Normally, "" is not treated as a subdomain. Even though the visitor is using "www" as part of the address, our servers will not look for a directory named "www" and try to use the files it contains. Instead, our servers will use the files at the top level of your site.

This makes sure "" and "" are handled identically, which is almost always what you want to happen.

In rare cases, technically advanced users may wish to treat "" as a "www" subdomain, just like any other subdomain.

As an example, if you've divided parts of your Web site into different projects that are maintained by separate systems or people, you may want to make sure that your "www" project is in a separate directory of its own that doesn't contain any other project directories.

You can do this by adding an empty file with this special name to the top level of your Web site (or asking us to do so):


If that file exists, requests for "" will use a "www" directory if possible.

Note that doing this may require you to make other small changes to your site. For example, if you place a "cgi-bin" directory inside your new "www" directory, you'll need to enable it as described on the "Making Additional Directories Executable" page, just like a "cgi-bin" directory on any other subdomain.

In addition, this change won't affect requests for "", because those don't include the "www". You may wish to redirect those visitors to the www version of your site.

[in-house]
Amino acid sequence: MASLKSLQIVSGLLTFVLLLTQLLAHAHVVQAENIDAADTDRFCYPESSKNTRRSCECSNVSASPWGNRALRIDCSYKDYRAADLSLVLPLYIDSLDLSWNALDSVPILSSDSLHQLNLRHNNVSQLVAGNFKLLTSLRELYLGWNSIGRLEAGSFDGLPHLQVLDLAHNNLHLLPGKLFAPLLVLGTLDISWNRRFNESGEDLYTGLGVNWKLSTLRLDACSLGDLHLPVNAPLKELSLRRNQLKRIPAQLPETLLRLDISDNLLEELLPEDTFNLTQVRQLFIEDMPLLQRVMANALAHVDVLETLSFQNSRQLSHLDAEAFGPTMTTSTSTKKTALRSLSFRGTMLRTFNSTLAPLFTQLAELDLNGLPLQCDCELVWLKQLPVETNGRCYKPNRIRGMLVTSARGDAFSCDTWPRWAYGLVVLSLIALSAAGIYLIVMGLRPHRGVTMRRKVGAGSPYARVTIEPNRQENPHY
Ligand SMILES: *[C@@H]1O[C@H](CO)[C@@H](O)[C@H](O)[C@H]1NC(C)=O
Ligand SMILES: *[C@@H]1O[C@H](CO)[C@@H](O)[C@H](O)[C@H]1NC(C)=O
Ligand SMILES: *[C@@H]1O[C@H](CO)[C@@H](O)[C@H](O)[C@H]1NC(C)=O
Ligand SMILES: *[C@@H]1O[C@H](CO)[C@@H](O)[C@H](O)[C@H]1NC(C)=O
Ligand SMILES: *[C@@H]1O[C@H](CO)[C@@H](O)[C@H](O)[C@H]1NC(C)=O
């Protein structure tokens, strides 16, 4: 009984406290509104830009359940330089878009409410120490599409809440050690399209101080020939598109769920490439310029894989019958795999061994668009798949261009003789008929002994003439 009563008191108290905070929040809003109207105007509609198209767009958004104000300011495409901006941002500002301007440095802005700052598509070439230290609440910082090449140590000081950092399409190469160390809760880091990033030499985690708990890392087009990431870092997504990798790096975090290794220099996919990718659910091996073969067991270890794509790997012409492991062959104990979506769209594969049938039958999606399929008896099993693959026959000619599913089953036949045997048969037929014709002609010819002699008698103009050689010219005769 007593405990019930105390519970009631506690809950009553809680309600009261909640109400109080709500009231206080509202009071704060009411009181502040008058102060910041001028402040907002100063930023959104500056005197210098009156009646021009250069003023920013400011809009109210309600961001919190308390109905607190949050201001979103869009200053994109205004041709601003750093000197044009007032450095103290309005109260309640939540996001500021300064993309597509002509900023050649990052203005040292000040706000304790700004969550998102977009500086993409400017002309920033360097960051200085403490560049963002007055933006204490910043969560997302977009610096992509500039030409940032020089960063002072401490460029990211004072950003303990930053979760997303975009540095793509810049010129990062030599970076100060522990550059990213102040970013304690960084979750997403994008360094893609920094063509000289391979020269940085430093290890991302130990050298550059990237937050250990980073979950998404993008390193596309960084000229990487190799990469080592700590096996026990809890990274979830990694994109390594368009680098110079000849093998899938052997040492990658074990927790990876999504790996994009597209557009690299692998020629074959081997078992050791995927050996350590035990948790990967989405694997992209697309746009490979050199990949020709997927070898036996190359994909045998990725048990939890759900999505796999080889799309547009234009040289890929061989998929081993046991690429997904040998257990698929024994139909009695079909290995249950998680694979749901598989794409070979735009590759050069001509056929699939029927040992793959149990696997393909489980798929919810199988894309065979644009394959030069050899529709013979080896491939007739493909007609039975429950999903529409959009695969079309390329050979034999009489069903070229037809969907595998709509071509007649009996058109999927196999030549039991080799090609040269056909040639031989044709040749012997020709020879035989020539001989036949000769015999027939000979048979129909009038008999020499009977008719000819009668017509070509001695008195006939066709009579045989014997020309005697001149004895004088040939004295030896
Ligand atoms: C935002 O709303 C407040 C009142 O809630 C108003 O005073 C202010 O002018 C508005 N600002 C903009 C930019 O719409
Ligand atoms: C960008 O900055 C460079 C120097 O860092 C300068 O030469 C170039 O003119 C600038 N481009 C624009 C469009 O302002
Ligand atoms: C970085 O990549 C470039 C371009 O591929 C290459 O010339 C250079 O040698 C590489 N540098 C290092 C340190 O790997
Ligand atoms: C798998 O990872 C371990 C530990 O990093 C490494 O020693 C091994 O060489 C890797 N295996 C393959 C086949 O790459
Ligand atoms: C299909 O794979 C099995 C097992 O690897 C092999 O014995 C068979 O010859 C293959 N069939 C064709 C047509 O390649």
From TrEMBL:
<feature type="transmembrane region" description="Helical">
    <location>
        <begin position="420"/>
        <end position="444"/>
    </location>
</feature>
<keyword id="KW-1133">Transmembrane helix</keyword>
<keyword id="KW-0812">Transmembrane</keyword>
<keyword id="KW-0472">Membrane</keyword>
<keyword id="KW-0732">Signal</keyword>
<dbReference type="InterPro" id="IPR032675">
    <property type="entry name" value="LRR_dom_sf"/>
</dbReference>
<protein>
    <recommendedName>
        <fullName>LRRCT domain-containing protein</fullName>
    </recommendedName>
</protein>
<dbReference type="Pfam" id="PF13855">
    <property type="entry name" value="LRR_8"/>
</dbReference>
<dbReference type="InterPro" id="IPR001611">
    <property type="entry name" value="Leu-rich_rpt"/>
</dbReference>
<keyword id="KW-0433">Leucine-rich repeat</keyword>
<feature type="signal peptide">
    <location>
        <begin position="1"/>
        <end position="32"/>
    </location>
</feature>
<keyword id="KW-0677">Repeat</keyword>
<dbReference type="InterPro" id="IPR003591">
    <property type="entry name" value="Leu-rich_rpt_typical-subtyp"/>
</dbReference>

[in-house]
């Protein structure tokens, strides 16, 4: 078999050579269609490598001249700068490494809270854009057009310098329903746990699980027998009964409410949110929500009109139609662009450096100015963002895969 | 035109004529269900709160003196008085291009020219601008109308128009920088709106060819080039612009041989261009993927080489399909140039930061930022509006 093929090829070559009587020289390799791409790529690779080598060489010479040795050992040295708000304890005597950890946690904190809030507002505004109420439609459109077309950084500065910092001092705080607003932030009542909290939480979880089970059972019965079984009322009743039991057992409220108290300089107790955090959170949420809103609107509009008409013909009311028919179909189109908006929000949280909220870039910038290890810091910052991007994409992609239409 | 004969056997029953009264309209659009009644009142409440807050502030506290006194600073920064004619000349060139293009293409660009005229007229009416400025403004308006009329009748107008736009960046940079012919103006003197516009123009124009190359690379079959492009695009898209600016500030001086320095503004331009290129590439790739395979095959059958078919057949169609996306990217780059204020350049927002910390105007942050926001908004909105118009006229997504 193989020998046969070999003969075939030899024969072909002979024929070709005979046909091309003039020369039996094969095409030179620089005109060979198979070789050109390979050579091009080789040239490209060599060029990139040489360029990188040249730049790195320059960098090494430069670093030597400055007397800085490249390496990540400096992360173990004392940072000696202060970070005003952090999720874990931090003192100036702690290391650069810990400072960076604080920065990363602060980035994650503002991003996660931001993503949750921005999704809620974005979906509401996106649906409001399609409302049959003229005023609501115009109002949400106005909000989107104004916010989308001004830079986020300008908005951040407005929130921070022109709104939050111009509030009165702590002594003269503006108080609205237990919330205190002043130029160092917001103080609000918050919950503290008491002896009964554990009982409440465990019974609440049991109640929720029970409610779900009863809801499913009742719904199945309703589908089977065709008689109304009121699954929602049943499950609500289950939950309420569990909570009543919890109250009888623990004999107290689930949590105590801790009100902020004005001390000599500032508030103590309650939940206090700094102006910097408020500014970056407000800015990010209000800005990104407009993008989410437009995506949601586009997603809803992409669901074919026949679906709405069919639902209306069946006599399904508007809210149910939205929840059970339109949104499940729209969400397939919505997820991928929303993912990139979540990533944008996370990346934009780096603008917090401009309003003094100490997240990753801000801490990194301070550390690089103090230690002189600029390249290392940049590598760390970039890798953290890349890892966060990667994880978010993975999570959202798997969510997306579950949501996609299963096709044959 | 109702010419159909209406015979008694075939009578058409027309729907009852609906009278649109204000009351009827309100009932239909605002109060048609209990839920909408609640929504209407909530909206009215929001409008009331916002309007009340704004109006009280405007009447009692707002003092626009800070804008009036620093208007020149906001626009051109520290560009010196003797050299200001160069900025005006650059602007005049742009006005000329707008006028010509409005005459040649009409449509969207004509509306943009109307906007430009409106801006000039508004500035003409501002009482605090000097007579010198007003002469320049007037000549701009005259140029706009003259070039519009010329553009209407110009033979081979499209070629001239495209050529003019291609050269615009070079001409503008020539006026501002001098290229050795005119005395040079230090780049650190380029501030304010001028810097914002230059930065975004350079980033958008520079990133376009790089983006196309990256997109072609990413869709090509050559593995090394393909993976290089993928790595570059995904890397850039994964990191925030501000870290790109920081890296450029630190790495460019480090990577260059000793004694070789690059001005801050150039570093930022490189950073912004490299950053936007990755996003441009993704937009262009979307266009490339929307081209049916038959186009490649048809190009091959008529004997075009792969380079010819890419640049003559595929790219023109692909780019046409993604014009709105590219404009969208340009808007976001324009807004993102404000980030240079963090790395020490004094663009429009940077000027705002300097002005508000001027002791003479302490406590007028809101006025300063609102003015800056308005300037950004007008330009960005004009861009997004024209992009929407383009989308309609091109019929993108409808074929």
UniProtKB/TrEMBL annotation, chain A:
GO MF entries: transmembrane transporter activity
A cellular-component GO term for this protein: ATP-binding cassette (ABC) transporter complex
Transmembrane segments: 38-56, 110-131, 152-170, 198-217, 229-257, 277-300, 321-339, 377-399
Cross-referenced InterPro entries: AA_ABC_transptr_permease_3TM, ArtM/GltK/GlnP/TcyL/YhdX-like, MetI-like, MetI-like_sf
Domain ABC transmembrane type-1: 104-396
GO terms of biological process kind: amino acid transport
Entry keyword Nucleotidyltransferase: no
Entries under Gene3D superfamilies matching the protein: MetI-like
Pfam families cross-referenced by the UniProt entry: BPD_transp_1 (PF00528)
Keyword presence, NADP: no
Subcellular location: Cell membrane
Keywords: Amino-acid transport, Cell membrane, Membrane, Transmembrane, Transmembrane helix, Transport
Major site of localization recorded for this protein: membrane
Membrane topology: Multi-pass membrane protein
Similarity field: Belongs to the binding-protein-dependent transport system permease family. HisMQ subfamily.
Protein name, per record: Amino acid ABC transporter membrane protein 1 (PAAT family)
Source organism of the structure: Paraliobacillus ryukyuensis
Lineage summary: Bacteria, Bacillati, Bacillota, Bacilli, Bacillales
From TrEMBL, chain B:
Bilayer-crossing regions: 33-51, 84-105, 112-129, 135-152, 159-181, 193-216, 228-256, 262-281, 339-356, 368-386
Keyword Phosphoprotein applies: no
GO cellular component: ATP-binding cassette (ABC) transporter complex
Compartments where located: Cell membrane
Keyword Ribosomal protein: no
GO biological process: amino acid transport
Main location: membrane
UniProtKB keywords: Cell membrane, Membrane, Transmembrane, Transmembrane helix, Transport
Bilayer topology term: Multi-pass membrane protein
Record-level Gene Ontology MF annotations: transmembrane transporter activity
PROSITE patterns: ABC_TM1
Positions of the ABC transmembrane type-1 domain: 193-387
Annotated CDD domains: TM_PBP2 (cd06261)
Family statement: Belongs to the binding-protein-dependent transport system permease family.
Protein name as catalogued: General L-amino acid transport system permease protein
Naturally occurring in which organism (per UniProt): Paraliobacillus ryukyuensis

Disabling subdomains

You can disable subdomain handling in various ways, depending on exactly what you want to happen instead.

If you want to prevent our servers from treating a particular directory as a subdomain, you can create an empty file named ".tigertech-disable-automatic-subdomain" inside the directory.

If you instead want our servers to send all subdomain attempts to your main hostname, you can do so using a .htaccess file. These lines, for example, will redirect any hostname other than “”:

RewriteEngine On
RewriteCond %{HTTP_HOST}  !^$ [nocase]
RewriteRule ^(.*)$1 [last,redirect=301]

Finally, you can disable all wildcard subdomains at the DNS level by overriding or suppressing the “*” wildcard subdomain DNS entry.

Pointing subdomains via DNS records

All of the information above discusses how to create a subdomain with content in a subfolder on our server. It's also possible to create a subdomain by creating a DNS "A" or "CNAME" record that points to another server elsewhere on the Internet.

For example, you might host your main Web site with us (at ""), but use an external e-commerce service for a store to sell your products. The store might require you to create a DNS "CNAME" record that points "" to their server.

You can easily create a DNS "A" or "CNAME" subdomain record using our control panel.